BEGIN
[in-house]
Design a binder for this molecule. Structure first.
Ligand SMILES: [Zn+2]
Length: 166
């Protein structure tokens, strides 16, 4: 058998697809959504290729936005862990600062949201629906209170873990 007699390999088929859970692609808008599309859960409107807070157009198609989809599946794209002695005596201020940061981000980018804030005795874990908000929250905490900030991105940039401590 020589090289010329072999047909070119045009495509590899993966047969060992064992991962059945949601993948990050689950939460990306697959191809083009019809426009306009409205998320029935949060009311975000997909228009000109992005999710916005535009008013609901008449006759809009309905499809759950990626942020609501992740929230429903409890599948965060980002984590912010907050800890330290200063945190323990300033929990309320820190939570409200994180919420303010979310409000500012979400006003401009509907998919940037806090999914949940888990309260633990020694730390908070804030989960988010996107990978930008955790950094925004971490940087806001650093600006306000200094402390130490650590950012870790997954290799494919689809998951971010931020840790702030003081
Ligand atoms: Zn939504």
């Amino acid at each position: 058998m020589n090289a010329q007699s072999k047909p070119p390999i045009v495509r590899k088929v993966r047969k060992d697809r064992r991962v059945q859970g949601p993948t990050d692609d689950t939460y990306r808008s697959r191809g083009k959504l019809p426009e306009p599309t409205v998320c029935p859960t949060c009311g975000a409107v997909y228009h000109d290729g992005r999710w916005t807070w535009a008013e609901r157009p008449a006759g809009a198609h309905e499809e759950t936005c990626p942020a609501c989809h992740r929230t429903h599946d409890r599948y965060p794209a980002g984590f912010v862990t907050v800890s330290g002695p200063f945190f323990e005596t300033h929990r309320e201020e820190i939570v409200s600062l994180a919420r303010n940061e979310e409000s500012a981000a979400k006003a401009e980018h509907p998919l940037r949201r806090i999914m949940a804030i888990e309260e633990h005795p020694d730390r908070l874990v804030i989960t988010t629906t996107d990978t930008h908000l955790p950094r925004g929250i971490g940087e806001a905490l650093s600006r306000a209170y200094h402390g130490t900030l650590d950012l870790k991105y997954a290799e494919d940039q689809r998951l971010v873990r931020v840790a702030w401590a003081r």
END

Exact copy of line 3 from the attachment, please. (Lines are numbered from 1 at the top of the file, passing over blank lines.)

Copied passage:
Ligand SMILES: [Zn+2]